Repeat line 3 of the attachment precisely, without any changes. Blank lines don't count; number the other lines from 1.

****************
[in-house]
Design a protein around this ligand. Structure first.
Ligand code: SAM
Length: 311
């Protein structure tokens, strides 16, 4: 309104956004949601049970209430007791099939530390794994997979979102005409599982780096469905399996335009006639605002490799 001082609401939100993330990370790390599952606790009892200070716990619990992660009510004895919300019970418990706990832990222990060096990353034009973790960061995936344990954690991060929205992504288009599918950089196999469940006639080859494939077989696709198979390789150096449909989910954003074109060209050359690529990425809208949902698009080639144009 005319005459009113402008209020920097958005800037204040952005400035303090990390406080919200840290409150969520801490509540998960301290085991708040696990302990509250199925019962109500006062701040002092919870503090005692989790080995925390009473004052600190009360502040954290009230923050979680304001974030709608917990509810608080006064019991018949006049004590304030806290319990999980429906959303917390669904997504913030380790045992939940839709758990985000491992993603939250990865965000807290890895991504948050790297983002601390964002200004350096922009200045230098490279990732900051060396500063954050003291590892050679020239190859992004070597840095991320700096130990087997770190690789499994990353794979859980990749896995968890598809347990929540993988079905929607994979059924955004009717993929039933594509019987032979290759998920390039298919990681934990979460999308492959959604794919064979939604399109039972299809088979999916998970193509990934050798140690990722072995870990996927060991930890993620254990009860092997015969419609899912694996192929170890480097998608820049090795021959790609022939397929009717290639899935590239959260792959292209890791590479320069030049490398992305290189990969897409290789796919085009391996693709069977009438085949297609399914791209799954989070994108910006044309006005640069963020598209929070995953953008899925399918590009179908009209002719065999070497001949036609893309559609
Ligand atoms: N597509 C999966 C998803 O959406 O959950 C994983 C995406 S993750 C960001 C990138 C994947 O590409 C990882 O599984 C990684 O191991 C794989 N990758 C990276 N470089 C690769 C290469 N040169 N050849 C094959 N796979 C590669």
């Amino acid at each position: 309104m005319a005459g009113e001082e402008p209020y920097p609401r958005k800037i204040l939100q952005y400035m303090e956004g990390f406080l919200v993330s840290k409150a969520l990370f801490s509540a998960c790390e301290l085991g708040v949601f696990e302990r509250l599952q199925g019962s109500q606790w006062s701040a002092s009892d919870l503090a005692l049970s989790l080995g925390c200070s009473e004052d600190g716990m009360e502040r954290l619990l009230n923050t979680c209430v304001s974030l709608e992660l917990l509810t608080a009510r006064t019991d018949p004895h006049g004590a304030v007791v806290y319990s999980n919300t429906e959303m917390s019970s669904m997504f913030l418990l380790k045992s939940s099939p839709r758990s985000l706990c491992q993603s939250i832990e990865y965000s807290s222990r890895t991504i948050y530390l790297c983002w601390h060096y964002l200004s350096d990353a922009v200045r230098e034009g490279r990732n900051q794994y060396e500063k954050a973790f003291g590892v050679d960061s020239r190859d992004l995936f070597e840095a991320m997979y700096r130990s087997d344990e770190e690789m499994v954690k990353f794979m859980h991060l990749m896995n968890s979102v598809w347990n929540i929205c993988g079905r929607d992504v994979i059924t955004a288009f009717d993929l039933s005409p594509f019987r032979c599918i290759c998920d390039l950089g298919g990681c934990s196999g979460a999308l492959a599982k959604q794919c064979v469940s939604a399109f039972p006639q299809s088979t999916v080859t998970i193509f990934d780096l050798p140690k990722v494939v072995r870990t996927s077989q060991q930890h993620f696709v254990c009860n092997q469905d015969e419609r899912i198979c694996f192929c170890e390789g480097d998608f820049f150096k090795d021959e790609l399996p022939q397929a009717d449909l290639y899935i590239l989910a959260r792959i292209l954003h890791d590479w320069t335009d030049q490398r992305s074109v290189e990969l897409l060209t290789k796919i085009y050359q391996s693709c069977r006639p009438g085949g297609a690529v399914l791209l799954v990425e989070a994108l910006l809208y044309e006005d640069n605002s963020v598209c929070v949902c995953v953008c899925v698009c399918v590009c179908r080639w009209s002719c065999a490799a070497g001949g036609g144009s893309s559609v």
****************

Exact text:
Ligand code: SAM